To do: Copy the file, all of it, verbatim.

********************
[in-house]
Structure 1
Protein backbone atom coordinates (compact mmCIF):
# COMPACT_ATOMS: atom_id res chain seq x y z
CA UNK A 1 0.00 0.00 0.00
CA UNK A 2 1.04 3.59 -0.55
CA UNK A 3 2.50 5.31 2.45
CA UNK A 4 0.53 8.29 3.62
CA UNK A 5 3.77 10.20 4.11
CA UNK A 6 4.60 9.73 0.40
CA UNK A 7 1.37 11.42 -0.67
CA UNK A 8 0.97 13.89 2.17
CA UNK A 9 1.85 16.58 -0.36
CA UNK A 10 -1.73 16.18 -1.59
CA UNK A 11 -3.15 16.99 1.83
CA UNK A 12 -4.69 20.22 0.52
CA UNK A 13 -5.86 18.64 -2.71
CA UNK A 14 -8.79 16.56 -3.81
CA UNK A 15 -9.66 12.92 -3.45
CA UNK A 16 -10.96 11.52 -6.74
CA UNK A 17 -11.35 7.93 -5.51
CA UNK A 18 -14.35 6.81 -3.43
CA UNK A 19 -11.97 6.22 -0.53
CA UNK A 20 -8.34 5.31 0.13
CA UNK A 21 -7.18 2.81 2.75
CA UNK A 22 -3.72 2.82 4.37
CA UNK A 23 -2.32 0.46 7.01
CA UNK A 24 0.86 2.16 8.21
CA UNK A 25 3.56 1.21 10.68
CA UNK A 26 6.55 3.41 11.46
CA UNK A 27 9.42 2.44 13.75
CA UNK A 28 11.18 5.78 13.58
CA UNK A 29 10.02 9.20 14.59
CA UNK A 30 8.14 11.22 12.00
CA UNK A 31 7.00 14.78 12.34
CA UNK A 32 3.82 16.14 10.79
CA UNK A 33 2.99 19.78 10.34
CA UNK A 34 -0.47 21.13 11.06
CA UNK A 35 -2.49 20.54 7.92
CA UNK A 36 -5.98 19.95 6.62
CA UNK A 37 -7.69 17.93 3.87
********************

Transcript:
[in-house]
Structure 1
Protein backbone atom coordinates (compact mmCIF):
# COMPACT_ATOMS: atom_id res chain seq x y z
CA UNK A 1 0.00 0.00 0.00
CA UNK A 2 1.04 3.59 -0.55
CA UNK A 3 2.50 5.31 2.45
CA UNK A 4 0.53 8.29 3.62
CA UNK A 5 3.77 10.20 4.11
CA UNK A 6 4.60 9.73 0.40
CA UNK A 7 1.37 11.42 -0.67
CA UNK A 8 0.97 13.89 2.17
CA UNK A 9 1.85 16.58 -0.36
CA UNK A 10 -1.73 16.18 -1.59
CA UNK A 11 -3.15 16.99 1.83
CA UNK A 12 -4.69 20.22 0.52
CA UNK A 13 -5.86 18.64 -2.71
CA UNK A 14 -8.79 16.56 -3.81
CA UNK A 15 -9.66 12.92 -3.45
CA UNK A 16 -10.96 11.52 -6.74
CA UNK A 17 -11.35 7.93 -5.51
CA UNK A 18 -14.35 6.81 -3.43
CA UNK A 19 -11.97 6.22 -0.53
CA UNK A 20 -8.34 5.31 0.13
CA UNK A 21 -7.18 2.81 2.75
CA UNK A 22 -3.72 2.82 4.37
CA UNK A 23 -2.32 0.46 7.01
CA UNK A 24 0.86 2.16 8.21
CA UNK A 25 3.56 1.21 10.68
CA UNK A 26 6.55 3.41 11.46
CA UNK A 27 9.42 2.44 13.75
CA UNK A 28 11.18 5.78 13.58
CA UNK A 29 10.02 9.20 14.59
CA UNK A 30 8.14 11.22 12.00
CA UNK A 31 7.00 14.78 12.34
CA UNK A 32 3.82 16.14 10.79
CA UNK A 33 2.99 19.78 10.34
CA UNK A 34 -0.47 21.13 11.06
CA UNK A 35 -2.49 20.54 7.92
CA UNK A 36 -5.98 19.95 6.62
CA UNK A 37 -7.69 17.93 3.87